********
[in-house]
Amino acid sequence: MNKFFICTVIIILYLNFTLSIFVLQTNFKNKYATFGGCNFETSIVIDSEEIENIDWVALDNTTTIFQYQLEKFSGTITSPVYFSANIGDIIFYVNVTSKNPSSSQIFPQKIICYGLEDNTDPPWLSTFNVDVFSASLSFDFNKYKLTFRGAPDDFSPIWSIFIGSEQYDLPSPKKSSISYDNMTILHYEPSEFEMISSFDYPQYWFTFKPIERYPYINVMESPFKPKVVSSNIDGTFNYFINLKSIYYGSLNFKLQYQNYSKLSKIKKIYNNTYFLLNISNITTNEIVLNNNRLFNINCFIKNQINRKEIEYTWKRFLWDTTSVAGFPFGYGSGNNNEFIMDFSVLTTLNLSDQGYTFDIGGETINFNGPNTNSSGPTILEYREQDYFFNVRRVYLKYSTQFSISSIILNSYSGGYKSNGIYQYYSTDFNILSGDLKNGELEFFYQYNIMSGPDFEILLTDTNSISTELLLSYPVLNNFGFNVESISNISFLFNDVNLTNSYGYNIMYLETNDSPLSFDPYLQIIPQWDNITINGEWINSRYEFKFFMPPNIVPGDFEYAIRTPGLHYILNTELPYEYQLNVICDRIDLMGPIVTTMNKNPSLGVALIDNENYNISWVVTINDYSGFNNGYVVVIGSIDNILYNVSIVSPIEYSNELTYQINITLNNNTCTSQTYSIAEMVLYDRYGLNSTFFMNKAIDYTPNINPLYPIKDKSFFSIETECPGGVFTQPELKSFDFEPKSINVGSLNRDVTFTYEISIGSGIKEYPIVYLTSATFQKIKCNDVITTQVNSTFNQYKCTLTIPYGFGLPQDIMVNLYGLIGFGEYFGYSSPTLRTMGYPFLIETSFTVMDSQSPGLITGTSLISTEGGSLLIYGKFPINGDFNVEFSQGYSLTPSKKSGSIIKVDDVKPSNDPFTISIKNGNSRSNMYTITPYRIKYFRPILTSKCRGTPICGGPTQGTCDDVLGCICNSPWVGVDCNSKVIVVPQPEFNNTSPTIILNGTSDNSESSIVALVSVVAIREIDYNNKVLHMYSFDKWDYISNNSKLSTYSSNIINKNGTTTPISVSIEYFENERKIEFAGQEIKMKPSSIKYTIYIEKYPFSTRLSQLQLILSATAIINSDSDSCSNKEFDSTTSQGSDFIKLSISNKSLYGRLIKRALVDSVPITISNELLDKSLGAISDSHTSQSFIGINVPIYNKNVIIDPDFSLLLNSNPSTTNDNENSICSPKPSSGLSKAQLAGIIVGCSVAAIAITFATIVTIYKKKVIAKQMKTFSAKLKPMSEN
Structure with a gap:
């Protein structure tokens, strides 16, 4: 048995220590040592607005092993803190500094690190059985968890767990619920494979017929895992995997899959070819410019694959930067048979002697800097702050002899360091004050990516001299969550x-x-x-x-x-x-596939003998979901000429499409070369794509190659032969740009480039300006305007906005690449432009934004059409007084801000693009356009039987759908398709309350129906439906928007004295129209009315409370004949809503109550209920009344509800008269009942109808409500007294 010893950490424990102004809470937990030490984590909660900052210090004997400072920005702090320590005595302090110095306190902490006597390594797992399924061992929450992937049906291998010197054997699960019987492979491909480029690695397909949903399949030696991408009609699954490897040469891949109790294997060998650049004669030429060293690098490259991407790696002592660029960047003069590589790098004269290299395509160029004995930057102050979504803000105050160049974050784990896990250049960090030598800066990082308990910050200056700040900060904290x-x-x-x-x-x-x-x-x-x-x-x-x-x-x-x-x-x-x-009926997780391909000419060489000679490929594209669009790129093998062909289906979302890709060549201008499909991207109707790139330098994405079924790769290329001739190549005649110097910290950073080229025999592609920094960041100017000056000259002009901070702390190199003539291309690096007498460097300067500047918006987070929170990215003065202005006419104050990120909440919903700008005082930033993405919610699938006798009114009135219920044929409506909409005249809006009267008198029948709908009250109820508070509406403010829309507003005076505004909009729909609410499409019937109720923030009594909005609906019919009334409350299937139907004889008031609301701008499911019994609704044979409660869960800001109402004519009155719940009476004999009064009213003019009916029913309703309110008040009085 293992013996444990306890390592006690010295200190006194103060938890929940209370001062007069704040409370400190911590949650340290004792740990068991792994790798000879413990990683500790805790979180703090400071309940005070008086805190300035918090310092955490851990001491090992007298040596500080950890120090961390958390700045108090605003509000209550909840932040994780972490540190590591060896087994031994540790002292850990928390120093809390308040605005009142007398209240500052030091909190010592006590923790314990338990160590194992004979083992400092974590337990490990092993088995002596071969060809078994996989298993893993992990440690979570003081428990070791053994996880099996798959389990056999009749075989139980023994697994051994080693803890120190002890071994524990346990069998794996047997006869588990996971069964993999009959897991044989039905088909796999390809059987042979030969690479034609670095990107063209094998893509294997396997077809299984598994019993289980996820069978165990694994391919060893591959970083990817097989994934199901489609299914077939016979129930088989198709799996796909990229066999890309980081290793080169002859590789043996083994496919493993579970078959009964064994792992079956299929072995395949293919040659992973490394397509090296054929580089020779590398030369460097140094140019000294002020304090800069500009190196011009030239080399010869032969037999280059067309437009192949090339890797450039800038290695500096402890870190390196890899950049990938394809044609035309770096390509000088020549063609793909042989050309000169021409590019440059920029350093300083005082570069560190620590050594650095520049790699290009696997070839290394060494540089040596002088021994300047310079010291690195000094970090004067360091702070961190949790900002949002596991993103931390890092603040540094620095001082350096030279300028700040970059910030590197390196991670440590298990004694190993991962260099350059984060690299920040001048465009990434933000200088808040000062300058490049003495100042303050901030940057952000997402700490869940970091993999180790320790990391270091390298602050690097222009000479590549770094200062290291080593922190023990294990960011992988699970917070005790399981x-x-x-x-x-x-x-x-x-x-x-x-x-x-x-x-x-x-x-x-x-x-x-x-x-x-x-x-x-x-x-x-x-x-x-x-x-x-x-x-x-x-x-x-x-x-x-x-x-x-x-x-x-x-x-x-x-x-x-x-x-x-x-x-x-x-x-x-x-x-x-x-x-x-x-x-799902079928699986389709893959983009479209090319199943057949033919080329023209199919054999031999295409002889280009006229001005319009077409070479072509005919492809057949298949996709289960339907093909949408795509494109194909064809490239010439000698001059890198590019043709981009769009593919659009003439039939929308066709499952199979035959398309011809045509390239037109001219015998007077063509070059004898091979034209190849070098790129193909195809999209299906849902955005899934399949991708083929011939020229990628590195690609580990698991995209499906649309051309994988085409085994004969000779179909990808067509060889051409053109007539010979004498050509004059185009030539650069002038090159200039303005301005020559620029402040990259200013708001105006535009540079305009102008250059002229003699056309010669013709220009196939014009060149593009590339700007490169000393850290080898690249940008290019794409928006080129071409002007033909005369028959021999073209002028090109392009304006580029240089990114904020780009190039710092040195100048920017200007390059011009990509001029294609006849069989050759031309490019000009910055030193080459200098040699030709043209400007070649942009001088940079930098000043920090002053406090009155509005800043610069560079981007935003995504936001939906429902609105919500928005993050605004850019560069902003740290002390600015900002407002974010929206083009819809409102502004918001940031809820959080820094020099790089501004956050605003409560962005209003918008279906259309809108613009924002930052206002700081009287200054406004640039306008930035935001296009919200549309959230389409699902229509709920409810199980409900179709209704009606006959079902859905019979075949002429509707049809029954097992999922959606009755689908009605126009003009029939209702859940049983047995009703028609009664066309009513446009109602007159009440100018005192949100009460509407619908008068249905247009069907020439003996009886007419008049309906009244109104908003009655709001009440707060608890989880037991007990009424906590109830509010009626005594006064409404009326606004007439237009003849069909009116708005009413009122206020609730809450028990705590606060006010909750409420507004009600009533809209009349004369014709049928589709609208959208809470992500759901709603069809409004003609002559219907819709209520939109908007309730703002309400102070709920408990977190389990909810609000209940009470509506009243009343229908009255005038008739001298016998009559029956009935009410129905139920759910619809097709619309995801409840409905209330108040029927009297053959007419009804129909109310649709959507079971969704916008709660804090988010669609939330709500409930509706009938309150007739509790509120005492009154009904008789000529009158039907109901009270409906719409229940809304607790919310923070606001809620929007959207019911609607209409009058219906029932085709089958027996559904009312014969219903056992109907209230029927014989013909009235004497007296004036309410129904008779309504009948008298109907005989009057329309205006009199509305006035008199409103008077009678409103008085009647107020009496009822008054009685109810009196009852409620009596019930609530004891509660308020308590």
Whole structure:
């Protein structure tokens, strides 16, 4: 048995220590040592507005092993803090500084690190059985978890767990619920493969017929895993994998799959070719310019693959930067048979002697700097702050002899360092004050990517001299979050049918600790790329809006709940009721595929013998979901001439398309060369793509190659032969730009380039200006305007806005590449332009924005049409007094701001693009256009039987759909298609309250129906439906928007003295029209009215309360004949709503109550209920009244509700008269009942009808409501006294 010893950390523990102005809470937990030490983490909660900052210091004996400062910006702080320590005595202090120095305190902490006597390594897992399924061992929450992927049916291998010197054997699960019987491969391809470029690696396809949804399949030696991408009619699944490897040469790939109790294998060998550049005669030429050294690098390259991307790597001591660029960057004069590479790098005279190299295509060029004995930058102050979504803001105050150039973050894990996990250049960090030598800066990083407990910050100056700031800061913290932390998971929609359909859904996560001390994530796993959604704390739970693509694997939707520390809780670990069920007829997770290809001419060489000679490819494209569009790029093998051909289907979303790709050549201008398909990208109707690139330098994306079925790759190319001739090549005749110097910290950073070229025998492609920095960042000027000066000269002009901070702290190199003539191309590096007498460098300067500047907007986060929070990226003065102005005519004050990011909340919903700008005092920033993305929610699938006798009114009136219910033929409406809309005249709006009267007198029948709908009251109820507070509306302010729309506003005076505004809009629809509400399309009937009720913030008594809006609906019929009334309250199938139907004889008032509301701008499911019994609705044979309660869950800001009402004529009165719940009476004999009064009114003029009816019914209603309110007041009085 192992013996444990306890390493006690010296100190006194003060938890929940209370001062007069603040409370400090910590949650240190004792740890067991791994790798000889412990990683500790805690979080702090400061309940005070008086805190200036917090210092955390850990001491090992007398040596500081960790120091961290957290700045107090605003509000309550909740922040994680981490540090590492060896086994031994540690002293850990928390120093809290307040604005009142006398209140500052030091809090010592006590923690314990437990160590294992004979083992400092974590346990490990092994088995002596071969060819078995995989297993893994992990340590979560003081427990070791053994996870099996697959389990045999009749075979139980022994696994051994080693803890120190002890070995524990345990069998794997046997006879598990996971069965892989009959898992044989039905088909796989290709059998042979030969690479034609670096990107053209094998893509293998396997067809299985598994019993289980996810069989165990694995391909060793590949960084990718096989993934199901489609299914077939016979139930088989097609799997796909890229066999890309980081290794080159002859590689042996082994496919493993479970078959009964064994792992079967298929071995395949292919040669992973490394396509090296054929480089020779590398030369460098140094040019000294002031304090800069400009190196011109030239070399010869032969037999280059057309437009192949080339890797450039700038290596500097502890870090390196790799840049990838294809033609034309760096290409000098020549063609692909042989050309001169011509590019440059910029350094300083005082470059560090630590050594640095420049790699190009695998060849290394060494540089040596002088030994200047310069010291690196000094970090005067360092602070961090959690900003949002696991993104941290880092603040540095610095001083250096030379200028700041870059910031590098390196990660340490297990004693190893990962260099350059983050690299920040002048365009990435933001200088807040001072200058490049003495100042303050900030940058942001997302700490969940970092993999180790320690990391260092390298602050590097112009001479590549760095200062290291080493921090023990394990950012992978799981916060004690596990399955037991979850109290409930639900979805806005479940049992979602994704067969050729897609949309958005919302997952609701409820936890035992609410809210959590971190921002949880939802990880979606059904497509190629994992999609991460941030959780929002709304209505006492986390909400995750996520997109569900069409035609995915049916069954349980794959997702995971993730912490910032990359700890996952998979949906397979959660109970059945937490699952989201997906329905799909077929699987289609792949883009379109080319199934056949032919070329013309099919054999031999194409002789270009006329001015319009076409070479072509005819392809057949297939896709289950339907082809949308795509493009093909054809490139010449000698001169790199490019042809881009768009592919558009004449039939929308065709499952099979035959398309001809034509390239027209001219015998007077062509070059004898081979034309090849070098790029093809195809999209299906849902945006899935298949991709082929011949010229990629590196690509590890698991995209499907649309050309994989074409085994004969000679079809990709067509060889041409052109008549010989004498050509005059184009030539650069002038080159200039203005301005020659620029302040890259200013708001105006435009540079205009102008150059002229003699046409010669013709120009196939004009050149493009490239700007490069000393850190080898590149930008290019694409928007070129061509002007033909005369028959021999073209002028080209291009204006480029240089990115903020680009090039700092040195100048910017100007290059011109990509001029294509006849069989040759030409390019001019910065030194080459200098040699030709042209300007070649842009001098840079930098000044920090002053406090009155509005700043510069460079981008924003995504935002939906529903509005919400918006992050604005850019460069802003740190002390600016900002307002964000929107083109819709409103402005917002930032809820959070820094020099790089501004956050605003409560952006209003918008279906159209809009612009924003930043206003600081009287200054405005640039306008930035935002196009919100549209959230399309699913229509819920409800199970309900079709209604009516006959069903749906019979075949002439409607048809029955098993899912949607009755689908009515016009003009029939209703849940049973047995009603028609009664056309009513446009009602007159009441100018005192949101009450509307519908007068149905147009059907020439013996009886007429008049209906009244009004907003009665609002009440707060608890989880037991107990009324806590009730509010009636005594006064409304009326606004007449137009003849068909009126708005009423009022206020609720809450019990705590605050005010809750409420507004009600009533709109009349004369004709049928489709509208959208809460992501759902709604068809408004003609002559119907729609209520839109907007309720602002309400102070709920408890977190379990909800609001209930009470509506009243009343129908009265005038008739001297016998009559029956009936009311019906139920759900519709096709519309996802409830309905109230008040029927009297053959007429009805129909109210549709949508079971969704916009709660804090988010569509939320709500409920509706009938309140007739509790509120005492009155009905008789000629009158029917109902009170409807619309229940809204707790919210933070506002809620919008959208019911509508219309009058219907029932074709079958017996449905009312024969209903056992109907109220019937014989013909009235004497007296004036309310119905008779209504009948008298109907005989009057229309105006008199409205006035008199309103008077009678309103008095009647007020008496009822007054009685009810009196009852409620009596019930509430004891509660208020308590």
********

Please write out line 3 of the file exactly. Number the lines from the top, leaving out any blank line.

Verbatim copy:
Structure with a gap: